Hope VI Grant Announcement


Thank you. Ladies and gentlemen, thank you for coming. I am pleased to join Mayor (Tom) Barrett for this grant announcement. And, on a personal note, I am pleased to come back to the state of my birth.

Growing up, I often came to Milwaukee. I thought it was a great city then�and it remains a great city now�a city of culture, sports, education, opportunity, and wonderful neighborhoods, a place of business and finance.

Cities like Milwaukee grow and change. Great cities age and need revitalization. Great cities also become more expensive, sometimes pricing out middle-and-lower-income families, often the very families that make the city work: teachers, firefighters, transportation workers, nurses, and others who are indispensable to the success and livability of the city.

That is why public housing is so important. There must be affordable housing in the city for those who work in the city. Great cities have people of all income levels, not just the rich or the fortunate few. Great cities thrive on diversity and inclusion. And great cities do not leave out or exclude the fragile and weak. For example, here at Cherry Court, there is housing for the elderly and disabled. These citizens must remain a vibrant part of the city and never be excluded or marginalized.

In other words, as cities age and demographics change, we must recognize changing needs, especially in public housing. We must recognize the needs of our cities and respond to them in ways that involve the private sector and all levels of government, creating workable public-private partnerships.

The HOPE VI program has been extremely helpful for revitalizing cities and maintaining, even increasing, the availability of public housing. And HOPE VI grant funds attract other governmental and private investment. Each HOPE VI grant dollar attracts an additional $2.7 in other leverage funds for construction or rehabilitation of subsidized housing. So HOPE VI has attracted private developers and private property management firms to the public housing market.

And community and supportive services are provided to residents to help them become self-sufficient, to obtain more opportunities and to increase incomes. We don't want people to stay in public housing for a generation, or even several generations. That is a sure way to create a self-fulfilling dependency. We want to empower people to move forward with their lives, to leave because they can, not to need affordable housing at some point. This is when a government service becomes more than a helping hand�it is a road to freedom and choice.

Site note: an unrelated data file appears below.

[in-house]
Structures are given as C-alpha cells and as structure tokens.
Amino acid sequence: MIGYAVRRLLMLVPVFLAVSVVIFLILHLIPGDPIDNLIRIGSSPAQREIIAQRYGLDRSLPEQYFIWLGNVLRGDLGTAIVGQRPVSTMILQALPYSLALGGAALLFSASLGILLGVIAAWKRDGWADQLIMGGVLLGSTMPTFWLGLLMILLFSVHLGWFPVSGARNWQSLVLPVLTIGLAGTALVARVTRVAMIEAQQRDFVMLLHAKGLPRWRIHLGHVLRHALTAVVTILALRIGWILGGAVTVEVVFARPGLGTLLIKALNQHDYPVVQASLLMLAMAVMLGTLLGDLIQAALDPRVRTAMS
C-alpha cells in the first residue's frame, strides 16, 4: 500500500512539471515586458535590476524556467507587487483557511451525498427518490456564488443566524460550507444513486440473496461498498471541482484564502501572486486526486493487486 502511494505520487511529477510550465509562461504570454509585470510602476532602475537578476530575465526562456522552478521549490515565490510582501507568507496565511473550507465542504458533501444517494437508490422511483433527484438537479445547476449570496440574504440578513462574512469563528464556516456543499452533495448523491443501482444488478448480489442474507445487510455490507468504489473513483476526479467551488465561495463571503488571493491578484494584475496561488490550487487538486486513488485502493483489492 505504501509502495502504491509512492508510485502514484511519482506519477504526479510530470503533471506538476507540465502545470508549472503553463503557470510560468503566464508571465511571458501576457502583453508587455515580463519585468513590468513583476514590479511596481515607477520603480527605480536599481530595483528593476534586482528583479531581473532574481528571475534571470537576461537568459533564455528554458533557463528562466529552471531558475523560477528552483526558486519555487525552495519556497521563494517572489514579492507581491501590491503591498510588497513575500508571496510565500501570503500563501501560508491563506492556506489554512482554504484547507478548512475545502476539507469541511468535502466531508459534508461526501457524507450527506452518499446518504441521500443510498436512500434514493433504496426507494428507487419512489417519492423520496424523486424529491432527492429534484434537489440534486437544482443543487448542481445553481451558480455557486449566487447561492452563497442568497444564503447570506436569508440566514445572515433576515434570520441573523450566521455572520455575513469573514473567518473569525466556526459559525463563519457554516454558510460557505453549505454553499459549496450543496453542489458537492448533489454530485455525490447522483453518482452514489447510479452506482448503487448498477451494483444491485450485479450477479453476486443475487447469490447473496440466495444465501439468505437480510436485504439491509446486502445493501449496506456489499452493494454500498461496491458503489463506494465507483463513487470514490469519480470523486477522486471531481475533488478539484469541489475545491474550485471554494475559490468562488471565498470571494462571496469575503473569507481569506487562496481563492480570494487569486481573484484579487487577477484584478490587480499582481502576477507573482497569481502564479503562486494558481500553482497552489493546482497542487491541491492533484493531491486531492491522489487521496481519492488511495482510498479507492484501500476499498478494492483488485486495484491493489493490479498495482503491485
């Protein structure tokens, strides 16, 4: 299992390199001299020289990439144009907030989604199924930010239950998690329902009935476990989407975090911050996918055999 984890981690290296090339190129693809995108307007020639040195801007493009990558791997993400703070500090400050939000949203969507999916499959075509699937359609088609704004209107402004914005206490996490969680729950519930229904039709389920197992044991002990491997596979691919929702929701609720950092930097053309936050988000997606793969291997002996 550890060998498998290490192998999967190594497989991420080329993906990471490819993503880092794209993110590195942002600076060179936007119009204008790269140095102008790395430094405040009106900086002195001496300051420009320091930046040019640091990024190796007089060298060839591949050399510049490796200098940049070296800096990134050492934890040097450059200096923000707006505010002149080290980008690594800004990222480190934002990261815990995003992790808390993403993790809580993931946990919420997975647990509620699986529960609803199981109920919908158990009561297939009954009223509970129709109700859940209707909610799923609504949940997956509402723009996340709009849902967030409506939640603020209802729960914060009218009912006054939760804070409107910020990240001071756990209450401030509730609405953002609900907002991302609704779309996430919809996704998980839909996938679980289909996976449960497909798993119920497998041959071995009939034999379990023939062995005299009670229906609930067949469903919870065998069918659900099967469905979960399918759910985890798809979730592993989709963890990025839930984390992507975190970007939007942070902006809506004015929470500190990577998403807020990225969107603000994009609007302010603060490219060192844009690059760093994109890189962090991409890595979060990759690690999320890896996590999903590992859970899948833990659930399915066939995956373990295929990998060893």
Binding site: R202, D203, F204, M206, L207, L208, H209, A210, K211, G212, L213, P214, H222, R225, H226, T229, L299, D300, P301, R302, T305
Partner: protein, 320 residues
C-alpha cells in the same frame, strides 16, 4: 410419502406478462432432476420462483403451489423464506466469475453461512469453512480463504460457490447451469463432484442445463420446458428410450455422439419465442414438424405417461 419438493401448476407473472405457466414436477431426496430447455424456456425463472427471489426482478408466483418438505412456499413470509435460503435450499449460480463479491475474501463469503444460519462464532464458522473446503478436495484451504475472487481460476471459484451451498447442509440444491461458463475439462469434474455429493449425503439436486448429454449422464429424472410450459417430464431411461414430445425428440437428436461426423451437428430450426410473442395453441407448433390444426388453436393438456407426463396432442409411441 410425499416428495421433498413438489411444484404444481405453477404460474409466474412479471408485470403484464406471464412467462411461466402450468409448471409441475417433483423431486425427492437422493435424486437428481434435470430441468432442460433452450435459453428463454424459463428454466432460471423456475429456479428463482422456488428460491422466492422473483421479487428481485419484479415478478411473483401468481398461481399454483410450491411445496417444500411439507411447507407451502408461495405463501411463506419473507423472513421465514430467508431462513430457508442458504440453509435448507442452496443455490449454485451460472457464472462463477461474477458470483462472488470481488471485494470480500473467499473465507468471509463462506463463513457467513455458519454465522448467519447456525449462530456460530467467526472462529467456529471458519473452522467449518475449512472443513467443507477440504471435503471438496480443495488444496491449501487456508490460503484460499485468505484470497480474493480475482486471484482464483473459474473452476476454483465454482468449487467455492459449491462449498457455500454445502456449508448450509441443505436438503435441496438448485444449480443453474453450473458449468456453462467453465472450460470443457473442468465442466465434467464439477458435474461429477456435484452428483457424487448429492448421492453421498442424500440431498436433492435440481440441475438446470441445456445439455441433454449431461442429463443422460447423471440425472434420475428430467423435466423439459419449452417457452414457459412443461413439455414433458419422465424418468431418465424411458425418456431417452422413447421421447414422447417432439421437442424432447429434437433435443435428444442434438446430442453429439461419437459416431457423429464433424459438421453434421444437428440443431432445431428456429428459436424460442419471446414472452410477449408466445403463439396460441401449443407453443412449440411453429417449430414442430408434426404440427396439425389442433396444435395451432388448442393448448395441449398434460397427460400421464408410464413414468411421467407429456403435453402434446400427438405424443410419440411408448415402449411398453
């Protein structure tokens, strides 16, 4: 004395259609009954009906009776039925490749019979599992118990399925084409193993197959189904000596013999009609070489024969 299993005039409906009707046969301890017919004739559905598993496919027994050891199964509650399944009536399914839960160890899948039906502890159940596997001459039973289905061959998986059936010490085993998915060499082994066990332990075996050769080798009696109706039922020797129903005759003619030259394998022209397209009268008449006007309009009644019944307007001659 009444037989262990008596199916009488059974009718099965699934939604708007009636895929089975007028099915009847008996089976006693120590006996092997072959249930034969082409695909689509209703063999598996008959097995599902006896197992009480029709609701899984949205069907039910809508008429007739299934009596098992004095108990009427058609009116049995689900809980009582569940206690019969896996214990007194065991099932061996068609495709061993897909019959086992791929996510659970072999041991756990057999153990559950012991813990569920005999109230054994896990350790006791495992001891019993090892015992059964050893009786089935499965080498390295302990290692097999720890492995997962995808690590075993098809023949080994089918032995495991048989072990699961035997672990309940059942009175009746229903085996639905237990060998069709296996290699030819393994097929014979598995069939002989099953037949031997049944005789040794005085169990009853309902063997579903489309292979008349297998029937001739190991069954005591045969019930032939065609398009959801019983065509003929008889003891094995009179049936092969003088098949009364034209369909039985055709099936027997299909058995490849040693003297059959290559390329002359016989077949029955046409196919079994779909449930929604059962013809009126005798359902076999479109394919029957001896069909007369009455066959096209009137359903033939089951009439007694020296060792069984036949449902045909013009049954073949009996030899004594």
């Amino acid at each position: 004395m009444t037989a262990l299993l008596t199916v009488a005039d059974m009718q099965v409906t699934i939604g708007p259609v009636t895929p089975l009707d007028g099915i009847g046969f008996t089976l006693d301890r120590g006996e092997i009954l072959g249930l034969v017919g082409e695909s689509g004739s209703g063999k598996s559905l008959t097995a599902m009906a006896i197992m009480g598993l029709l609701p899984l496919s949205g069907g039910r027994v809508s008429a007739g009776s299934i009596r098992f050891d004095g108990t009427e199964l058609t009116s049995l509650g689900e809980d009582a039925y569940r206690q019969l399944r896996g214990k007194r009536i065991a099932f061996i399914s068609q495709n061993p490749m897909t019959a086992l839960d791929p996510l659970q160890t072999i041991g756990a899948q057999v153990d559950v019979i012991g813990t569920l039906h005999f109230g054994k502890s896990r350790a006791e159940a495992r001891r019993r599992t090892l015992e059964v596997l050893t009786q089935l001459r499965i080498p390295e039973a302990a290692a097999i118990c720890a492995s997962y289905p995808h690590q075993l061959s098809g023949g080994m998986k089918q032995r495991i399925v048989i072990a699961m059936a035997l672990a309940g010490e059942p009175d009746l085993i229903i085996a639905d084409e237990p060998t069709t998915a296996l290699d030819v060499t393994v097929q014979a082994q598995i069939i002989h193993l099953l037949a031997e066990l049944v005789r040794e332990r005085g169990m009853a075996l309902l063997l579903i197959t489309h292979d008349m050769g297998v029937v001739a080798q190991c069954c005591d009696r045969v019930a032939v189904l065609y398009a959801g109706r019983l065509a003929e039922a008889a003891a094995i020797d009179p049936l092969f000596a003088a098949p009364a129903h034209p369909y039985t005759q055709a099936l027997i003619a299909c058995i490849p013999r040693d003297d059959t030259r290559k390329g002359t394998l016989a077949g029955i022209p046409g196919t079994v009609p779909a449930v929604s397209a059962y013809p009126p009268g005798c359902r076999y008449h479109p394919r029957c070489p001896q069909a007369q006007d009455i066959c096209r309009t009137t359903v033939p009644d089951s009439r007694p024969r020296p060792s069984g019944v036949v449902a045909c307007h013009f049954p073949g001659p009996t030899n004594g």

So, today I am pleased to announce a HOPE VI grant for Milwaukee. The Housing Authority of the City of Milwaukee (HACM) is receiving a HOPE VI Revitalization grant of almost $6.8 million. HACM was selected from among 24 public housing authorities across the country.

The grant will enable the HACM to revitalize a portion of its scattered site properties. HACM will replace 24 severely distressed scattered site units with a total of 100 new or renovated units.

The grant will help build on previous efforts. Including this grant, HACM has been awarded six HOPE VI Revitalization grants.

Let me explain how the grant will work for the residents involved. HACM will pay relocation and re-occupancy costs for residents as needed. Affected residents can relocate to other public housing or receive a Housing Choice Voucher (Section 8) to subsidize their rent in privately owned housing. Relocated residents are given the opportunity to move back to the newly constructed units. Alternatively, if residents choose not to return to public housing, they may keep their voucher.

The HOPE VI grant will also give relocated families access to support services such as career training and employment programs for adults; educational programs for children and youth; and homeownership counseling programs.

This grant is good for the city. It will make more affordable housing available. It will create this housing in mixed-income communities that will be a credit to the city. This grant will contribute to the revitalization of urban Milwaukee. It will help a great city remain great.

Milwaukee's housing authority has already demonstrated its ability to revitalize neighborhoods and transform lives. I'm proud that HUD can be a partner in breathing new life into some of Milwaukee's most distressed neighborhoods. Mr. Mayor, I look forward to working with you on this grant. I congratulate both you and the city for obtaining this competitive grant.

And ladies and gentlemen, again, thank you for coming.


Content Archived: February 6, 2012